# Closure of $\{ (x_n) | x_n = 0$ for almost all $n \}$

What is the closure of $\{ (x_n) | x_n = 0$ for almost all $n \}$ in $\mathbb{R}^\mathbb{N}$ with the product topology?

I'm not sure how to think about it. A point $x$ is in the closure of a set $A$ if for every neighbourhood $N$ of $x$, $N \cap A \neq \emptyset$.

But I'm not sure what a neighbourhood of a point in $\mathbb{R}^\mathbb{N}$ looks like. In fact, I'm not even sure what an open ball looks like.

Can someone tell me what open balls or neighbourhoods look like?

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Do you know what the definition of the product topology is? – Qiaochu Yuan Feb 1 '11 at 11:39
The product topology is the topology generated by the basis that consists of all products such that only finitely many components are not the entire space. Those finitely many components that are not the entire space are open sets in the topology on the respective space of that component. – Rudy the Reindeer Feb 2 '11 at 11:56

A better way to think about $\mathbb{R^N}$ is as the set of all real-valued sequences, right? You have $\mathbb N$ dimensions and each dimension corresponds to a real number, so $\mathbb{R^N}$ is just the set of all real-valued sequences (as a note $\mathbb{R^R}$ can be thought of as all the functions from $\mathbb R$ to $\mathbb R$).

So with this definition in mind, what does it mean for there only be a finite number of non-zero indexes in a sequence. Well it means that past a certain point the sequence is entirely zeros. Okay now keeping this in mind, think about what the product topology means. Well it means that any open set (We'll just work with basis sets) is a product of spaces $X_i$ where for only finitely many $i$ $X_i\neq \mathbb R$. Then if we want to show that our set is dense in $\mathbb{R^N}$, we need to show that it intersects every basis open set. Well we've just said that an open set has only finite many indices that aren't the whole space. So if we pick an $x \in X_i$ where each $X_i \neq \mathbb R$, then we'll get finitely many points that aren't zero and we can let everything else be zero. This will show that our set is dense in $\mathbb{R^N}$.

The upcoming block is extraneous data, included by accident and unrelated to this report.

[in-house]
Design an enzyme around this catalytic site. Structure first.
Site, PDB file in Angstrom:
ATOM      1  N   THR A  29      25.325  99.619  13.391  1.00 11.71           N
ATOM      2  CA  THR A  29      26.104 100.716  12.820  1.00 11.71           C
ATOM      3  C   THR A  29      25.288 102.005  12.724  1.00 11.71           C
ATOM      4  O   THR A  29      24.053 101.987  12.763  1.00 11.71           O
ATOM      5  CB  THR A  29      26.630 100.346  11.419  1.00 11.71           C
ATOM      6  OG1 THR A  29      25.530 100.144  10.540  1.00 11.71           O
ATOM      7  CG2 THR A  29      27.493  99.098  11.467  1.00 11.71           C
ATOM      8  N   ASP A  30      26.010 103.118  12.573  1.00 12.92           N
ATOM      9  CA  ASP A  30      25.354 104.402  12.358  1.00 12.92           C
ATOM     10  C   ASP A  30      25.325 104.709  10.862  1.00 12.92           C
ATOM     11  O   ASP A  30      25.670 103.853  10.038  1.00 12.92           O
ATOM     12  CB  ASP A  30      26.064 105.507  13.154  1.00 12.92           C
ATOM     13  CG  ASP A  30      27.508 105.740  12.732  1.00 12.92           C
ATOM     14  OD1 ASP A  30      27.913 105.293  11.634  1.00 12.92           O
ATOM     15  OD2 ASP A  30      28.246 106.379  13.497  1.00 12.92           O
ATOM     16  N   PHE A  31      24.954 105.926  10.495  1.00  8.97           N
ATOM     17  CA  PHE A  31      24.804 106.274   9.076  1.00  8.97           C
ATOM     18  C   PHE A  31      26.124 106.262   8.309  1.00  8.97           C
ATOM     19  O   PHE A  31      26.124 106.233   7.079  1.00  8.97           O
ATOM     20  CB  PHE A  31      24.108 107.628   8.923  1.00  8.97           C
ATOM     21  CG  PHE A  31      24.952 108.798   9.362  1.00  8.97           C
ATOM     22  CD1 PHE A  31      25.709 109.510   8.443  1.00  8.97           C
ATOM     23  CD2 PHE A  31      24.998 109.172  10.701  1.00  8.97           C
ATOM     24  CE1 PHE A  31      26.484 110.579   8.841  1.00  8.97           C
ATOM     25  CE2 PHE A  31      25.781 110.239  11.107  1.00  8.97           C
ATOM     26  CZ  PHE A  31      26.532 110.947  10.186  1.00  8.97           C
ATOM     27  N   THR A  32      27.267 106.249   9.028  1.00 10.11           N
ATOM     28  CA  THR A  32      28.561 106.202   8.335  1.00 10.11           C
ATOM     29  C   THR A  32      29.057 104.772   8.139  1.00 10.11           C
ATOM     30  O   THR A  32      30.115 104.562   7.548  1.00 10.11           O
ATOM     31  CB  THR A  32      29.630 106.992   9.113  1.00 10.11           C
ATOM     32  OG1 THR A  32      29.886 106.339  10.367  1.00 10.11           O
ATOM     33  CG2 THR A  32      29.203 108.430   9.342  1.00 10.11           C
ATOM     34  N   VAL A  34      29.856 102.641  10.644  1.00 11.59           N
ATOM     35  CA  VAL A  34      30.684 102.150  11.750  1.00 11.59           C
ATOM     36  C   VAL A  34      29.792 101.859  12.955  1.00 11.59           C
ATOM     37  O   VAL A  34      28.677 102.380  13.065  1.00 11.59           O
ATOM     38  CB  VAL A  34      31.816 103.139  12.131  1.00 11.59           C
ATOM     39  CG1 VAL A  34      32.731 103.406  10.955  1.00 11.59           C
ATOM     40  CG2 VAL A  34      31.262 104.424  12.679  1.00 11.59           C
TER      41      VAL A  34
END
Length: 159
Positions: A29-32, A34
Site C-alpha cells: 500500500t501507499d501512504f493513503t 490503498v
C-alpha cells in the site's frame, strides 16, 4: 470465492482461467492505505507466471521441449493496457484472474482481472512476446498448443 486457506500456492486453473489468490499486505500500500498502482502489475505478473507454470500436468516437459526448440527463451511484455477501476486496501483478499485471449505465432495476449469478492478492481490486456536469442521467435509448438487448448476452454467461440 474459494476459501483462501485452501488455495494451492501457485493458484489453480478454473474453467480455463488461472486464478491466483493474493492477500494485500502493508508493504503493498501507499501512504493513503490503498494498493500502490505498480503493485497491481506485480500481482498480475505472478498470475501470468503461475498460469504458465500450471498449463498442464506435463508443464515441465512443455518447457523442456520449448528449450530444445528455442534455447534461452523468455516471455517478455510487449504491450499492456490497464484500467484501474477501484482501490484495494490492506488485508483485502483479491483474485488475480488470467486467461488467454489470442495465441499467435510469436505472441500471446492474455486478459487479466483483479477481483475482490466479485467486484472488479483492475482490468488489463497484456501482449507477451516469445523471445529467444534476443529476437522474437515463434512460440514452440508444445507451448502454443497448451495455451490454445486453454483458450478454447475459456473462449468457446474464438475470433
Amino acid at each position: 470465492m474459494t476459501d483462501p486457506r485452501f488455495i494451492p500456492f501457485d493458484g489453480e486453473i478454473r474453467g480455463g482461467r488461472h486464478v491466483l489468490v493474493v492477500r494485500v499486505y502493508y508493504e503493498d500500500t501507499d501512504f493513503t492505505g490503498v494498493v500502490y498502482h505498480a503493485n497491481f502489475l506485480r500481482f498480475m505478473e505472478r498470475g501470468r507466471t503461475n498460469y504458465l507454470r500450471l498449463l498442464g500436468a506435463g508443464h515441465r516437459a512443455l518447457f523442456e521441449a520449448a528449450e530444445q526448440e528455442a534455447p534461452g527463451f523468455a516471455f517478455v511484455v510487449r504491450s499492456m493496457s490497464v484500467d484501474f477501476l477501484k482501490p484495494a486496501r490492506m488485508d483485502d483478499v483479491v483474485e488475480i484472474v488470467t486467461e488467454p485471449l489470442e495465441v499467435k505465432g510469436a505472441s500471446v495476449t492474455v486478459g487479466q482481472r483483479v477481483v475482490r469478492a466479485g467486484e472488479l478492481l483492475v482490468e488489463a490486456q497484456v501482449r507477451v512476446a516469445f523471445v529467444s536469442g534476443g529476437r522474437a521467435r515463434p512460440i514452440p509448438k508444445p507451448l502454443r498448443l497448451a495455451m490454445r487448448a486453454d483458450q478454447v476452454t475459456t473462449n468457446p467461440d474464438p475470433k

What happens if we put the box topology on $\mathbb{R^N}$?

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In the box topology it doesn't work anymore because I can find a basis set that consist of open intervals, none of which contains 0 in any of its components. Therefore not every basis set contains a point in $A$. – Rudy the Reindeer Feb 2 '11 at 12:16
That is correct, it is not dense in the box topology. – JSchlather Feb 2 '11 at 22:34

@Matt: Recall that in the product topology there are only finitely many restrictions (i.e finite number of open sets). The answer is that it is dense in the product topology. Can you see why? Pick a basic open set in the product topology and try to find a point which is in your set and in the basic open set. It helps to think about 0's.

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@Matt: It is closed in the box topology. Try to show the complement is open, it helps to think about the open set $\mathbb{R} \setminus \{0\}$ when the coordinate is non-zero. – user6495 Feb 2 '11 at 16:16